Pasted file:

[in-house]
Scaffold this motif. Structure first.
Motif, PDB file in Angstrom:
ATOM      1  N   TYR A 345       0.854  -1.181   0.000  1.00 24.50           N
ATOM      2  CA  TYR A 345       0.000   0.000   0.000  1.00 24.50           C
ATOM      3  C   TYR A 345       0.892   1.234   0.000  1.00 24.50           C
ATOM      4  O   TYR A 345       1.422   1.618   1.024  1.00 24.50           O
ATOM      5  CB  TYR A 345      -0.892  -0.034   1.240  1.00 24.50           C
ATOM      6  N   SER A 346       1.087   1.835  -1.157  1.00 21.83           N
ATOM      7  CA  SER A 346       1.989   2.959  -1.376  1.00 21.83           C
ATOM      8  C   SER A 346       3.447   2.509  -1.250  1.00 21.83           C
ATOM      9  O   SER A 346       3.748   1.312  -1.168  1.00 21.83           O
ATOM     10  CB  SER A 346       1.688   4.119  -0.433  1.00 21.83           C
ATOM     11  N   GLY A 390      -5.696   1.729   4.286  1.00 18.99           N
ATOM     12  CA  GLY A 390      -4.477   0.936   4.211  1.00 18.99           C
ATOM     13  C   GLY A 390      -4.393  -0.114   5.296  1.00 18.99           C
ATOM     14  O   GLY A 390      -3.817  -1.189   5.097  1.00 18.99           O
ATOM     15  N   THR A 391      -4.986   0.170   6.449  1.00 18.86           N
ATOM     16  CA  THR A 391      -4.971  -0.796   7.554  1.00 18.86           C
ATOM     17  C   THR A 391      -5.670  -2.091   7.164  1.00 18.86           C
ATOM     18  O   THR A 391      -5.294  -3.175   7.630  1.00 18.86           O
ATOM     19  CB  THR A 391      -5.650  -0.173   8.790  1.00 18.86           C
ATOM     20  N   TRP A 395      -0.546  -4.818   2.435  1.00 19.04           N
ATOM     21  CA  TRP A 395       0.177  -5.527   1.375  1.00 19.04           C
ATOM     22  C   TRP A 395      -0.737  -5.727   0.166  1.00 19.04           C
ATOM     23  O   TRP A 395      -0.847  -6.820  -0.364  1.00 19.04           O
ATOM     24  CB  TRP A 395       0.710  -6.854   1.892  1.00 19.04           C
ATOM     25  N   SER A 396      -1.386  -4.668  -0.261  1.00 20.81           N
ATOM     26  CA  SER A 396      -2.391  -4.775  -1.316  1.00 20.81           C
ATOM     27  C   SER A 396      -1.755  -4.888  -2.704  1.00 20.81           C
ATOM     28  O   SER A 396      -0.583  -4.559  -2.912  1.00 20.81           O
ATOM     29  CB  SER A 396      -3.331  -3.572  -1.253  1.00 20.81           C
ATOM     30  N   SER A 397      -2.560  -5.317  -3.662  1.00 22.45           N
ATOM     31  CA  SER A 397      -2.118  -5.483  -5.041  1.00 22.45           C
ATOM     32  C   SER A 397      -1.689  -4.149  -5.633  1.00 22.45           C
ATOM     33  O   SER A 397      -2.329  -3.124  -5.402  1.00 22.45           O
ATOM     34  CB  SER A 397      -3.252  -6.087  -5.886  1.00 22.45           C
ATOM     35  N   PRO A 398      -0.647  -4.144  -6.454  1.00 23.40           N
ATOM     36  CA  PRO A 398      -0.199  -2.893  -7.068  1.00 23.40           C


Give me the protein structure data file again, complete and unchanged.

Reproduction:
[in-house]
Scaffold this motif. Structure first.
Motif, PDB file in Angstrom:
ATOM      1  N   TYR A 345       0.854  -1.181   0.000  1.00 24.50           N
ATOM      2  CA  TYR A 345       0.000   0.000   0.000  1.00 24.50           C
ATOM      3  C   TYR A 345       0.892   1.234   0.000  1.00 24.50           C
ATOM      4  O   TYR A 345       1.422   1.618   1.024  1.00 24.50           O
ATOM      5  CB  TYR A 345      -0.892  -0.034   1.240  1.00 24.50           C
ATOM      6  N   SER A 346       1.087   1.835  -1.157  1.00 21.83           N
ATOM      7  CA  SER A 346       1.989   2.959  -1.376  1.00 21.83           C
ATOM      8  C   SER A 346       3.447   2.509  -1.250  1.00 21.83           C
ATOM      9  O   SER A 346       3.748   1.312  -1.168  1.00 21.83           O
ATOM     10  CB  SER A 346       1.688   4.119  -0.433  1.00 21.83           C
ATOM     11  N   GLY A 390      -5.696   1.729   4.286  1.00 18.99           N
ATOM     12  CA  GLY A 390      -4.477   0.936   4.211  1.00 18.99           C
ATOM     13  C   GLY A 390      -4.393  -0.114   5.296  1.00 18.99           C
ATOM     14  O   GLY A 390      -3.817  -1.189   5.097  1.00 18.99           O
ATOM     15  N   THR A 391      -4.986   0.170   6.449  1.00 18.86           N
ATOM     16  CA  THR A 391      -4.971  -0.796   7.554  1.00 18.86           C
ATOM     17  C   THR A 391      -5.670  -2.091   7.164  1.00 18.86           C
ATOM     18  O   THR A 391      -5.294  -3.175   7.630  1.00 18.86           O
ATOM     19  CB  THR A 391      -5.650  -0.173   8.790  1.00 18.86           C
ATOM     20  N   TRP A 395      -0.546  -4.818   2.435  1.00 19.04           N
ATOM     21  CA  TRP A 395       0.177  -5.527   1.375  1.00 19.04           C
ATOM     22  C   TRP A 395      -0.737  -5.727   0.166  1.00 19.04           C
ATOM     23  O   TRP A 395      -0.847  -6.820  -0.364  1.00 19.04           O
ATOM     24  CB  TRP A 395       0.710  -6.854   1.892  1.00 19.04           C
ATOM     25  N   SER A 396      -1.386  -4.668  -0.261  1.00 20.81           N
ATOM     26  CA  SER A 396      -2.391  -4.775  -1.316  1.00 20.81           C
ATOM     27  C   SER A 396      -1.755  -4.888  -2.704  1.00 20.81           C
ATOM     28  O   SER A 396      -0.583  -4.559  -2.912  1.00 20.81           O
ATOM     29  CB  SER A 396      -3.331  -3.572  -1.253  1.00 20.81           C
ATOM     30  N   SER A 397      -2.560  -5.317  -3.662  1.00 22.45           N
ATOM     31  CA  SER A 397      -2.118  -5.483  -5.041  1.00 22.45           C
ATOM     32  C   SER A 397      -1.689  -4.149  -5.633  1.00 22.45           C
ATOM     33  O   SER A 397      -2.329  -3.124  -5.402  1.00 22.45           O
ATOM     34  CB  SER A 397      -3.252  -6.087  -5.886  1.00 22.45           C
ATOM     35  N   PRO A 398      -0.647  -4.144  -6.454  1.00 23.40           N
ATOM     36  CA  PRO A 398      -0.199  -2.893  -7.068  1.00 23.40           C